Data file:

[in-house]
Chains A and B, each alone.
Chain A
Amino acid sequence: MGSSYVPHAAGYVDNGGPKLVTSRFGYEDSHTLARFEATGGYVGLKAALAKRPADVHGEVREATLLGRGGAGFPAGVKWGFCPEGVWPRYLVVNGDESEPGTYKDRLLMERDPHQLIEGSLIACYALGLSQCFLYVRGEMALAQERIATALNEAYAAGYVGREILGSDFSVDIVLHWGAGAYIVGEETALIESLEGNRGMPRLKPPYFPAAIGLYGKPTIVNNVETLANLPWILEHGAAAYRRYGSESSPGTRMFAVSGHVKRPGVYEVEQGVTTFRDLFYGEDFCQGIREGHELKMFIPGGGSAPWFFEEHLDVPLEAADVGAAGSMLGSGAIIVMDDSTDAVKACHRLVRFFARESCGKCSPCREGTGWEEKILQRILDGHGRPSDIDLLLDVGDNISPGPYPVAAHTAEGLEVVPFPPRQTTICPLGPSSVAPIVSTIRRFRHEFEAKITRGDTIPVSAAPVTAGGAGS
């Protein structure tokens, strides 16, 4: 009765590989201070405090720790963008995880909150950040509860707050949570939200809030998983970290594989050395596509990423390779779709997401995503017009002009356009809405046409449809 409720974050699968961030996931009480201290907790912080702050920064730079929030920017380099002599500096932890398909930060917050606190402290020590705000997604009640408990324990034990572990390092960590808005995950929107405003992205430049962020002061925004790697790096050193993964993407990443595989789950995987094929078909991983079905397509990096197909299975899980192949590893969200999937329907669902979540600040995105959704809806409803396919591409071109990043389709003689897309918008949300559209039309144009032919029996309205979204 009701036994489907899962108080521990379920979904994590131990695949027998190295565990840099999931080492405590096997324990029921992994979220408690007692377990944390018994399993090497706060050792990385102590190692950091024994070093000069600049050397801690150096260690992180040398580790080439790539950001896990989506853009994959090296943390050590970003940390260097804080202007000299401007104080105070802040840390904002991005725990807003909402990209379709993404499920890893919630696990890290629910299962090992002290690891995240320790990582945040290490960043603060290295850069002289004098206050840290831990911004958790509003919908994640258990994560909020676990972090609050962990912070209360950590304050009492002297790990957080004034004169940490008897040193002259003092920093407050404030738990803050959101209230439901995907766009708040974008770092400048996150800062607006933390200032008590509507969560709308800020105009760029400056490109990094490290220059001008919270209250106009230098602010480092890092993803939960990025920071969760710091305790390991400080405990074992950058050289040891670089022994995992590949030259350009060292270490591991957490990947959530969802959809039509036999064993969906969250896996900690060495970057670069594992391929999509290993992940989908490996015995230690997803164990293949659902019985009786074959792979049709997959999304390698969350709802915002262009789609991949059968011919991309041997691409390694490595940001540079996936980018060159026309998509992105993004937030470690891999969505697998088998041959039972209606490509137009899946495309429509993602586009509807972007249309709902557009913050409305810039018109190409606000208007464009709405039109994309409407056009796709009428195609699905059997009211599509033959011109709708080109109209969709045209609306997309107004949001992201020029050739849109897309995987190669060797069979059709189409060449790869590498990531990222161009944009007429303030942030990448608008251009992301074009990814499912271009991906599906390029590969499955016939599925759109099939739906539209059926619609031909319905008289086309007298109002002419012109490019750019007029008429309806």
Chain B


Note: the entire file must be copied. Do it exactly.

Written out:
[in-house]
Chains A and B, each alone.
Chain A
Amino acid sequence: MGSSYVPHAAGYVDNGGPKLVTSRFGYEDSHTLARFEATGGYVGLKAALAKRPADVHGEVREATLLGRGGAGFPAGVKWGFCPEGVWPRYLVVNGDESEPGTYKDRLLMERDPHQLIEGSLIACYALGLSQCFLYVRGEMALAQERIATALNEAYAAGYVGREILGSDFSVDIVLHWGAGAYIVGEETALIESLEGNRGMPRLKPPYFPAAIGLYGKPTIVNNVETLANLPWILEHGAAAYRRYGSESSPGTRMFAVSGHVKRPGVYEVEQGVTTFRDLFYGEDFCQGIREGHELKMFIPGGGSAPWFFEEHLDVPLEAADVGAAGSMLGSGAIIVMDDSTDAVKACHRLVRFFARESCGKCSPCREGTGWEEKILQRILDGHGRPSDIDLLLDVGDNISPGPYPVAAHTAEGLEVVPFPPRQTTICPLGPSSVAPIVSTIRRFRHEFEAKITRGDTIPVSAAPVTAGGAGS
């Protein structure tokens, strides 16, 4: 009765590989201070405090720790963008995880909150950040509860707050949570939200809030998983970290594989050395596509990423390779779709997401995503017009002009356009809405046409449809 409720974050699968961030996931009480201290907790912080702050920064730079929030920017380099002599500096932890398909930060917050606190402290020590705000997604009640408990324990034990572990390092960590808005995950929107405003992205430049962020002061925004790697790096050193993964993407990443595989789950995987094929078909991983079905397509990096197909299975899980192949590893969200999937329907669902979540600040995105959704809806409803396919591409071109990043389709003689897309918008949300559209039309144009032919029996309205979204 009701036994489907899962108080521990379920979904994590131990695949027998190295565990840099999931080492405590096997324990029921992994979220408690007692377990944390018994399993090497706060050792990385102590190692950091024994070093000069600049050397801690150096260690992180040398580790080439790539950001896990989506853009994959090296943390050590970003940390260097804080202007000299401007104080105070802040840390904002991005725990807003909402990209379709993404499920890893919630696990890290629910299962090992002290690891995240320790990582945040290490960043603060290295850069002289004098206050840290831990911004958790509003919908994640258990994560909020676990972090609050962990912070209360950590304050009492002297790990957080004034004169940490008897040193002259003092920093407050404030738990803050959101209230439901995907766009708040974008770092400048996150800062607006933390200032008590509507969560709308800020105009760029400056490109990094490290220059001008919270209250106009230098602010480092890092993803939960990025920071969760710091305790390991400080405990074992950058050289040891670089022994995992590949030259350009060292270490591991957490990947959530969802959809039509036999064993969906969250896996900690060495970057670069594992391929999509290993992940989908490996015995230690997803164990293949659902019985009786074959792979049709997959999304390698969350709802915002262009789609991949059968011919991309041997691409390694490595940001540079996936980018060159026309998509992105993004937030470690891999969505697998088998041959039972209606490509137009899946495309429509993602586009509807972007249309709902557009913050409305810039018109190409606000208007464009709405039109994309409407056009796709009428195609699905059997009211599509033959011109709708080109109209969709045209609306997309107004949001992201020029050739849109897309995987190669060797069979059709189409060449790869590498990531990222161009944009007429303030942030990448608008251009992301074009990814499912271009991906599906390029590969499955016939599925759109099939739906539209059926619609031909319905008289086309007298109002002419012109490019750019007029008429309806």
Chain B